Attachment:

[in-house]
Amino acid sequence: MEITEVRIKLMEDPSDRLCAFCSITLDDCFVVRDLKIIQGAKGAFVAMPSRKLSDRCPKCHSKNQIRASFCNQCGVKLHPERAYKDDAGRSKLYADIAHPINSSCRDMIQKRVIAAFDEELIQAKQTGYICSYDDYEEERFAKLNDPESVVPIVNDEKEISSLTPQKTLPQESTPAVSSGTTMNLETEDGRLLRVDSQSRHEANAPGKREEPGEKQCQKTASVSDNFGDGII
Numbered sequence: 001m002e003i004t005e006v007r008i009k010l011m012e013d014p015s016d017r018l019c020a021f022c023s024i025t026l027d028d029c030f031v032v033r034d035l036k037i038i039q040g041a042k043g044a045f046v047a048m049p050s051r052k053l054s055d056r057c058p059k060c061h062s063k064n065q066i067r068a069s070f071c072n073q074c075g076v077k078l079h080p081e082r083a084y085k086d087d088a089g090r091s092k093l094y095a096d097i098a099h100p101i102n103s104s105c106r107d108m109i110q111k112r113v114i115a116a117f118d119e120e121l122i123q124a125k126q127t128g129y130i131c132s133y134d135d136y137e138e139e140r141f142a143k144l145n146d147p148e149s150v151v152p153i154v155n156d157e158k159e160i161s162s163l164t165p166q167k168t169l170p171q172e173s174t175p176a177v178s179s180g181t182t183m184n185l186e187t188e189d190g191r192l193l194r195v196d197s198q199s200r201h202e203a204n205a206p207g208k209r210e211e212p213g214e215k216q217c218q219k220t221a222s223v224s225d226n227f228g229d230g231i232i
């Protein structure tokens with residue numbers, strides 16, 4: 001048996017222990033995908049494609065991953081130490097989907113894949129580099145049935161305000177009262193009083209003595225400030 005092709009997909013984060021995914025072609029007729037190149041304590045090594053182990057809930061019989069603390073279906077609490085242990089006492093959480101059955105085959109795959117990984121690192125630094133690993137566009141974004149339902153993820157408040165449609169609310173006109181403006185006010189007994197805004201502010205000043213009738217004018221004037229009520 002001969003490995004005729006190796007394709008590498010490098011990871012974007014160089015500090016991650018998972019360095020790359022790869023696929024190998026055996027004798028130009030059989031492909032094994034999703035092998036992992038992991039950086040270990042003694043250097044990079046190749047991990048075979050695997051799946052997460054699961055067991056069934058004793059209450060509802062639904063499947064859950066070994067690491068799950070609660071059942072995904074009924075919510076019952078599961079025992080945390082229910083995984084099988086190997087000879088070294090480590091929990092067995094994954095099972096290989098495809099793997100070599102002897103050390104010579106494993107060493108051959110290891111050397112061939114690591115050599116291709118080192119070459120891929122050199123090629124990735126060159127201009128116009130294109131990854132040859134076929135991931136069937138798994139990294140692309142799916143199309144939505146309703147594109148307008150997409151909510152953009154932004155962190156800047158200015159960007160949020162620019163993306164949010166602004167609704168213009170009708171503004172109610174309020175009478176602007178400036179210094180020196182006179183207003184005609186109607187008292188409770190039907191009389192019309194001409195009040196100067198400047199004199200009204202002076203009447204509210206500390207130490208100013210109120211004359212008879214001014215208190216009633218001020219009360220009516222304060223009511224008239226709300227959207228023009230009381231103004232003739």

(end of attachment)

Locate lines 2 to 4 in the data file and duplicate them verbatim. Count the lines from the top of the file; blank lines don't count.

Amino acid sequence: MEITEVRIKLMEDPSDRLCAFCSITLDDCFVVRDLKIIQGAKGAFVAMPSRKLSDRCPKCHSKNQIRASFCNQCGVKLHPERAYKDDAGRSKLYADIAHPINSSCRDMIQKRVIAAFDEELIQAKQTGYICSYDDYEEERFAKLNDPESVVPIVNDEKEISSLTPQKTLPQESTPAVSSGTTMNLETEDGRLLRVDSQSRHEANAPGKREEPGEKQCQKTASVSDNFGDGII
Numbered sequence: 001m002e003i004t005e006v007r008i009k010l011m012e013d014p015s016d017r018l019c020a021f022c023s024i025t026l027d028d029c030f031v032v033r034d035l036k037i038i039q040g041a042k043g044a045f046v047a048m049p050s051r052k053l054s055d056r057c058p059k060c061h062s063k064n065q066i067r068a069s070f071c072n073q074c075g076v077k078l079h080p081e082r083a084y085k086d087d088a089g090r091s092k093l094y095a096d097i098a099h100p101i102n103s104s105c106r107d108m109i110q111k112r113v114i115a116a117f118d119e120e121l122i123q124a125k126q127t128g129y130i131c132s133y134d135d136y137e138e139e140r141f142a143k144l145n146d147p148e149s150v151v152p153i154v155n156d157e158k159e160i161s162s163l164t165p166q167k168t169l170p171q172e173s174t175p176a177v178s179s180g181t182t183m184n185l186e187t188e189d190g191r192l193l194r195v196d197s198q199s200r201h202e203a204n205a206p207g208k209r210e211e212p213g214e215k216q217c218q219k220t221a222s223v224s225d226n227f228g229d230g231i232i
């Protein structure tokens with residue numbers, strides 16, 4: 001048996017222990033995908049494609065991953081130490097989907113894949129580099145049935161305000177009262193009083209003595225400030 005092709009997909013984060021995914025072609029007729037190149041304590045090594053182990057809930061019989069603390073279906077609490085242990089006492093959480101059955105085959109795959117990984121690192125630094133690993137566009141974004149339902153993820157408040165449609169609310173006109181403006185006010189007994197805004201502010205000043213009738217004018221004037229009520 002001969003490995004005729006190796007394709008590498010490098011990871012974007014160089015500090016991650018998972019360095020790359022790869023696929024190998026055996027004798028130009030059989031492909032094994034999703035092998036992992038992991039950086040270990042003694043250097044990079046190749047991990048075979050695997051799946052997460054699961055067991056069934058004793059209450060509802062639904063499947064859950066070994067690491068799950070609660071059942072995904074009924075919510076019952078599961079025992080945390082229910083995984084099988086190997087000879088070294090480590091929990092067995094994954095099972096290989098495809099793997100070599102002897103050390104010579106494993107060493108051959110290891111050397112061939114690591115050599116291709118080192119070459120891929122050199123090629124990735126060159127201009128116009130294109131990854132040859134076929135991931136069937138798994139990294140692309142799916143199309144939505146309703147594109148307008150997409151909510152953009154932004155962190156800047158200015159960007160949020162620019163993306164949010166602004167609704168213009170009708171503004172109610174309020175009478176602007178400036179210094180020196182006179183207003184005609186109607187008292188409770190039907191009389192019309194001409195009040196100067198400047199004199200009204202002076203009447204509210206500390207130490208100013210109120211004359212008879214001014215208190216009633218001020219009360220009516222304060223009511224008239226709300227959207228023009230009381231103004232003739």